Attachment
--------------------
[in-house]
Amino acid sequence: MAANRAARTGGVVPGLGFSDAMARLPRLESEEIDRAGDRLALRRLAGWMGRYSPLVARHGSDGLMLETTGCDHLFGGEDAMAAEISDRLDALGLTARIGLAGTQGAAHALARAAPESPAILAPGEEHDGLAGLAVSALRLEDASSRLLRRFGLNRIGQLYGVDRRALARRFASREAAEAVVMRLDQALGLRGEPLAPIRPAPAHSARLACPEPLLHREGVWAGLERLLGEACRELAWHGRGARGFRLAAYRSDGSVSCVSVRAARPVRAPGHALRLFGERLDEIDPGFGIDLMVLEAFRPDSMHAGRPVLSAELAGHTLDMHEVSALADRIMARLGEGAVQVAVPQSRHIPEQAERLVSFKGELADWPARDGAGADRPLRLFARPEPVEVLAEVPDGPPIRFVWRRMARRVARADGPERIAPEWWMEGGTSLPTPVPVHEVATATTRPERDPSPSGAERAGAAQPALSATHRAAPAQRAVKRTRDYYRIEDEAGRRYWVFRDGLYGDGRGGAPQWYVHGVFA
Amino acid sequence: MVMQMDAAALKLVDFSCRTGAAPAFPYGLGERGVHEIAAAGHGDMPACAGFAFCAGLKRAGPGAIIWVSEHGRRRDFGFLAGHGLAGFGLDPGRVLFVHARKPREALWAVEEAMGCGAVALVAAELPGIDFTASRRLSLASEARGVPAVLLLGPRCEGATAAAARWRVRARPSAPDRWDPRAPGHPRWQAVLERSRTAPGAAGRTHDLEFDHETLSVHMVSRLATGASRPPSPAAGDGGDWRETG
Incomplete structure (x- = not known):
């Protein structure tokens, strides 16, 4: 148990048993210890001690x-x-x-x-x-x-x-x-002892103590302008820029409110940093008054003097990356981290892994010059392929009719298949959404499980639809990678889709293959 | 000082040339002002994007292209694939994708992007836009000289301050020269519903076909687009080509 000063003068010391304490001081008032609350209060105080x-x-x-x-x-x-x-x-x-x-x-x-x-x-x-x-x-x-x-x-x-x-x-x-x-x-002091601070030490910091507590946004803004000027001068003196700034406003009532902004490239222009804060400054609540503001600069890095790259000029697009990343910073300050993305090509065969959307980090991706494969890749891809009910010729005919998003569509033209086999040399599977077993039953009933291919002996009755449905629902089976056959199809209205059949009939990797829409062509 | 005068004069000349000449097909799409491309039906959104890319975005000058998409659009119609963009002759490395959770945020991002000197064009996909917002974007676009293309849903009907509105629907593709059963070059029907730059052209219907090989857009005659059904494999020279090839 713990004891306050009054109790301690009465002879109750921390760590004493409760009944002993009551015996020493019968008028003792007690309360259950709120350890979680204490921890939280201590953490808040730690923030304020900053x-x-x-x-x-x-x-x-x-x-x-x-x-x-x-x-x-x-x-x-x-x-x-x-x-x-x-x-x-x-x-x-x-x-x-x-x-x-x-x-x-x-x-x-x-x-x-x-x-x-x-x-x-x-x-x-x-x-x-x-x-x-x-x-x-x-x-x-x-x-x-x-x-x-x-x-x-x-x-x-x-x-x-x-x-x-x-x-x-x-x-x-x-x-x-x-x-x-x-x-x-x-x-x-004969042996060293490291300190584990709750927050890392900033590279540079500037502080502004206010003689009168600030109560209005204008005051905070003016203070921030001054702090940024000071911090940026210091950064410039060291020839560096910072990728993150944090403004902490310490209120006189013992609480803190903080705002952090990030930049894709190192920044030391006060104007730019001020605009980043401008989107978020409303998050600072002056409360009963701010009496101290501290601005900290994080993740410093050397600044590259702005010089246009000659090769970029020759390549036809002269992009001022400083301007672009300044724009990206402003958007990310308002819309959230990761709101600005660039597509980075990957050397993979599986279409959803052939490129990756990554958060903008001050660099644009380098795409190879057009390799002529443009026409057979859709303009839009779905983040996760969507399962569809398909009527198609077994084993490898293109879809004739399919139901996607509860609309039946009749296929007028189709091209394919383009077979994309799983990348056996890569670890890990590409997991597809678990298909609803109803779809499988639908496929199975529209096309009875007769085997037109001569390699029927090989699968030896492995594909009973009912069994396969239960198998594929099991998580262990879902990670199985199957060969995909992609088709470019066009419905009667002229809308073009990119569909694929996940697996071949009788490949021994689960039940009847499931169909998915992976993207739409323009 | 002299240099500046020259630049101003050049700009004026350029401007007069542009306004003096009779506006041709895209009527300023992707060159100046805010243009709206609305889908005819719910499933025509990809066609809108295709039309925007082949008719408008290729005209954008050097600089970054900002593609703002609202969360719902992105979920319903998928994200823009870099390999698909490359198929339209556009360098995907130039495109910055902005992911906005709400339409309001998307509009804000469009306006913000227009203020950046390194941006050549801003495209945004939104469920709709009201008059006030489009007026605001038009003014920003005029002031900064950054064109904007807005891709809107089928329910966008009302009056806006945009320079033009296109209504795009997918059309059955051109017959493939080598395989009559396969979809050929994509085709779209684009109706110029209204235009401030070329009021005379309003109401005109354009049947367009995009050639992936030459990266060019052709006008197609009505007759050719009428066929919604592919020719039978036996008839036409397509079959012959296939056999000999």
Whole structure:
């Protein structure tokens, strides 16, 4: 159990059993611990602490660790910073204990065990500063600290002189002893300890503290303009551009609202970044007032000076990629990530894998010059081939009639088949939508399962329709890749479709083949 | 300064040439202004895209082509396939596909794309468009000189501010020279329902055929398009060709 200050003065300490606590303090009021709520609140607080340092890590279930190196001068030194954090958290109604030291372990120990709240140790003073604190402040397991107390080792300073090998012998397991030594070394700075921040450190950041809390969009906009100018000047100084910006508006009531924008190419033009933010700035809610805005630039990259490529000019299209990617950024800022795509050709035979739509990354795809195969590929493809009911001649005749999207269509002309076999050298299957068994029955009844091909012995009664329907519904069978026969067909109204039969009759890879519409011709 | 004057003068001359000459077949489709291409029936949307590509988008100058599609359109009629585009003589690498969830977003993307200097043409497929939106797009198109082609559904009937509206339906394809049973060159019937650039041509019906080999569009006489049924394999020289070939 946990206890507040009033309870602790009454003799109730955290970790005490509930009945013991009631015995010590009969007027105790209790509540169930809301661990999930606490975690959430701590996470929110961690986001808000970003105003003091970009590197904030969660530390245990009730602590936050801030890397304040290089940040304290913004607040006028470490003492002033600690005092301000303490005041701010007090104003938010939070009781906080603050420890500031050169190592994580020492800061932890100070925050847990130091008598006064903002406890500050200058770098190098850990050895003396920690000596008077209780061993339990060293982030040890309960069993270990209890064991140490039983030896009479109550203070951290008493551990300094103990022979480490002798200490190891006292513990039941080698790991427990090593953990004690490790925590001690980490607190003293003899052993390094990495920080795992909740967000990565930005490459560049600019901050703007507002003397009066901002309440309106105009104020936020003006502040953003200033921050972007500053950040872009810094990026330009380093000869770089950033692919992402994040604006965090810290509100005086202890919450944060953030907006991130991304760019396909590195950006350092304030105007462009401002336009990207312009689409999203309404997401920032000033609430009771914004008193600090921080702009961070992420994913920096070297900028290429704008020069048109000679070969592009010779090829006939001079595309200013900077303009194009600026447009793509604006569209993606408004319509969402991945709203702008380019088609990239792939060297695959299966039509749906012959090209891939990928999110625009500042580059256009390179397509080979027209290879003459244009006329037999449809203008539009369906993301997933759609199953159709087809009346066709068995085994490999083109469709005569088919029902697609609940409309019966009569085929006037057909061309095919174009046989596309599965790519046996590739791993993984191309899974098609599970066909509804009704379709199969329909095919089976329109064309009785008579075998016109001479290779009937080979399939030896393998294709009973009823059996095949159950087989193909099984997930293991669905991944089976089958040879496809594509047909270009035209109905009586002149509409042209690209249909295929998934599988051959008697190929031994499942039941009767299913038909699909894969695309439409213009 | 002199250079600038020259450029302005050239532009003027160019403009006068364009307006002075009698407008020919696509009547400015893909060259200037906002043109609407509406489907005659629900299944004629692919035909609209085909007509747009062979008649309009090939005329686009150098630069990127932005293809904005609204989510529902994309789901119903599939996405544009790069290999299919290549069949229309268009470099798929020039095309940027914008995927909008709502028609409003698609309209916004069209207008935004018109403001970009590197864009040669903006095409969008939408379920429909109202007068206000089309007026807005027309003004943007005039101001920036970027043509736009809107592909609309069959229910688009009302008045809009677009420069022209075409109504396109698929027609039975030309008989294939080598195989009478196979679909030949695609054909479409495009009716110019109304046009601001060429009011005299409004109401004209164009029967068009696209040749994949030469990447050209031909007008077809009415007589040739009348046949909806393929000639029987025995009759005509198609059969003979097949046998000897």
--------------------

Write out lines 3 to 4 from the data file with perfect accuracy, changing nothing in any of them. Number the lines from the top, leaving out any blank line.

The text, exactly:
Amino acid sequence: MVMQMDAAALKLVDFSCRTGAAPAFPYGLGERGVHEIAAAGHGDMPACAGFAFCAGLKRAGPGAIIWVSEHGRRRDFGFLAGHGLAGFGLDPGRVLFVHARKPREALWAVEEAMGCGAVALVAAELPGIDFTASRRLSLASEARGVPAVLLLGPRCEGATAAAARWRVRARPSAPDRWDPRAPGHPRWQAVLERSRTAPGAAGRTHDLEFDHETLSVHMVSRLATGASRPPSPAAGDGGDWRETG
Incomplete structure (x- = not known):